Urinary issues seem to plague cats, and once they start, your cat can suffer future flare-ups. One of cats’ most common urinary problems is feline idiopathic cystitis (FIC). A condition that has no known cause, FIC can lead to your cat developing a host of uncomfortable clinical signs. Straining to urinate, blood-tinged urine, vocalizing while urinating, inappropriate elimination, and frequently urinating small amounts are typical signs of FIC, along with many other conditions that make up feline lower urinary tract disease (FLUTD).

While you cannot minimize some of your cat’s FLUTD risks—such as anatomical defects and neoplasia—you can take steps to help them avoid urinary tract infections, bladder stones, and urethral plugs. Our Southwest Vet team explains how you can promote your cat’s urinary health, and help prevent FLUTD issues.

#1: Improve your cat’s home environment

Indoor cats may seem like they have the perfect life, but days filled with lounging around, always-available food, and countless cat naps can be endless and boring. Your cat needs environmental enrichment that fulfills their natural instincts, or they can become bored, stressed, and anxious, which are major FIC triggers. Reduce the potential for urinary issues by adding variety and activity to your cat’s daily routine by:

  • Switching to interactive feeders — Your domesticated cat’s ancestors hunted multiple times each day, unlike your furry feline who gulps down a couple of large meals per day. To satisfy your cat’s natural hunting instincts, put their food in a puzzle feeder that encourages them to think about how to get to their food. Robotic mice, rubber Kongs, rubber mats, and other stuffable food puzzles help prevent overeating, while allowing your cat to emulate instinctual feline behaviors.
  • Engaging in training sessions — Although training a cat is quite different from training a dog, your feline friend can benefit from the mental and physical stimulation regular training sessions provide. Keep each session brief, and use plenty of positive reinforcement to encourage your cat to spin, jump, and give a high five.
  • Installing more scratching surfaces — Cats need to scratch for a multitude of reasons, so provide appropriate outlets to satisfy that urge. Add vertical and horizontal scratching posts and pads in various textures to determine your cat’s favorite.
  • Utilizing vertical space — Cats want to be up high to observe their territory, and you can help your cat keep lookout by installing cat shelving, climbing towers, and other lofty perches. Having an elevated hideout can help your cat feel safer and more secure in their environment.
  • Diffusing soothing pheromones — Cats are highly sensitive to change, and disruptions to their environment or daily routine can cause anxiety and aggressive behavior. However, you can mitigate the negative energy by using calming pheromones. Diffuse these natural chemicals—which promote relaxation—in the room where your cat spends most of their time. Pheromones are particularly useful in multicat households where tensions can run high.

#2: Change your cat’s diet

Domesticated cats’ ancestors were desert-dwellers who adapted to having little available drinking water. However, inadequate hydration, paired with a dry diet that causes an imbalanced pH, can lead to urinary crystal development. If left uncorrected, urinary crystals can form bladder stones that may require surgical removal, cause urinary tract infections, or result in a urethral obstruction—a life-threatening condition. A urethral obstruction is generally caused by a mucous plug, urinary crystals, and other debris that forms in the narrow tube that passes urine from the bladder. Once the urethra is blocked, the body’s toxin-filtering system fails, and can cause your cat’s death within 24 to 48 hours.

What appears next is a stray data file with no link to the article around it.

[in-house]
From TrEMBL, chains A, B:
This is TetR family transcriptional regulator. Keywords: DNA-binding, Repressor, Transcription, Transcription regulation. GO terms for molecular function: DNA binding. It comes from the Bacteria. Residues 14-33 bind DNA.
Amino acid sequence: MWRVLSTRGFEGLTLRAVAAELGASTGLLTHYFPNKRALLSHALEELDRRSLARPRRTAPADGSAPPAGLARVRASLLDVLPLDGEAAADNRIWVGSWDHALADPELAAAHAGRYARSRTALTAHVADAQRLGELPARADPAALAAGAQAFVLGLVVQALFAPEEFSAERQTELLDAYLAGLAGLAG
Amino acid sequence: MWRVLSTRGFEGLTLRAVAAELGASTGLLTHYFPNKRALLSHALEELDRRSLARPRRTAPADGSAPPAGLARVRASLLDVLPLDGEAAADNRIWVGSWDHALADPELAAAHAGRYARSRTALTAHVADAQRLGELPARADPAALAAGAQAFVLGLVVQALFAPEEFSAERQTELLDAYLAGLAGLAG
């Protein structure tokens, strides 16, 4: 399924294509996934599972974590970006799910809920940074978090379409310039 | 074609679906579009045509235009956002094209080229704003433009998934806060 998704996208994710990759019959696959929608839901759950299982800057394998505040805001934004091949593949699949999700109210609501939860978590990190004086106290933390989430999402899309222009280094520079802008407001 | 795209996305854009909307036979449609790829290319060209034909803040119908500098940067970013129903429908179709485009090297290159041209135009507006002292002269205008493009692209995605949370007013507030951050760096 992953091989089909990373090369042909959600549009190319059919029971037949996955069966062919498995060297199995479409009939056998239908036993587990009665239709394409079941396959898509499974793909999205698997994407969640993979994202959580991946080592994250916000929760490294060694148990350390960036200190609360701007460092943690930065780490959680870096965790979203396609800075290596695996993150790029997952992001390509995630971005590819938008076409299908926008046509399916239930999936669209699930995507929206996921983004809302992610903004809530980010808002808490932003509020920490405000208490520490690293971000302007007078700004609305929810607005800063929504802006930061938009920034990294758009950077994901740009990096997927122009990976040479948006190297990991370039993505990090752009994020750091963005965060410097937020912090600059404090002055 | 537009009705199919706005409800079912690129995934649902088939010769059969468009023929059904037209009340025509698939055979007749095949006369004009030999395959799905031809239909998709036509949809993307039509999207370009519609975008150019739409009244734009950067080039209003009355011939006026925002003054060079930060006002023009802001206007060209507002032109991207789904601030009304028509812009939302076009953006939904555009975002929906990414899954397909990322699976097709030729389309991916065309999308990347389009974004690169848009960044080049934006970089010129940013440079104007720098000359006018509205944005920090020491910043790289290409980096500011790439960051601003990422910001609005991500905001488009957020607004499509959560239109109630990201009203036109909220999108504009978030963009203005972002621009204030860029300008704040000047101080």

Feeding your cat a proper diet that cultivates the correct urinary pH is essential for preventing crystal formation and more serious issues. Some cats require a prescription food to optimize their urinary health, so ask your Southwest Vet veterinarian which diet is best for your cat. Also, ensure your cat always has plenty of clean, fresh water available to prevent dehydration. Boost your cat’s water intake by purchasing a pet drinking fountain, and adding canned food to their normal diet.

#3: Keep your cat’s litter box clean

Not only does a clean litter box encourage your cat to stay within its confines, you can monitor their urinary health when you scoop the box twice a day, giving you an opportunity to see the amount your furry friend is urinating, and whether they have switched from a few puddles to small, frequent amounts. You may also observe blood-tinged litter—a sign of urinary tract infection, FIC, or other issues. In addition to being able to monitor your cat’s urinary habits, you can minimize their stress—an important FIC trigger—by keeping their litter box clean.

Many factors contribute to your cat’s urinary health. If your cat is exhibiting FLUTD signs, consult your veterinarian right away to prevent them from developing a life-threatening condition. To maintain their urinary health, schedule your cat’s regular low-stress, feline-friendly wellness exam, so our Southwest Vet team can monitor their kidney and urinary health, and discuss how you can improve your furry friend’s home environment to help prevent FIC. Give our Southwest Vet team a call to schedule your cat’s appointment, and learn how to improve your feline companion’s urinary health.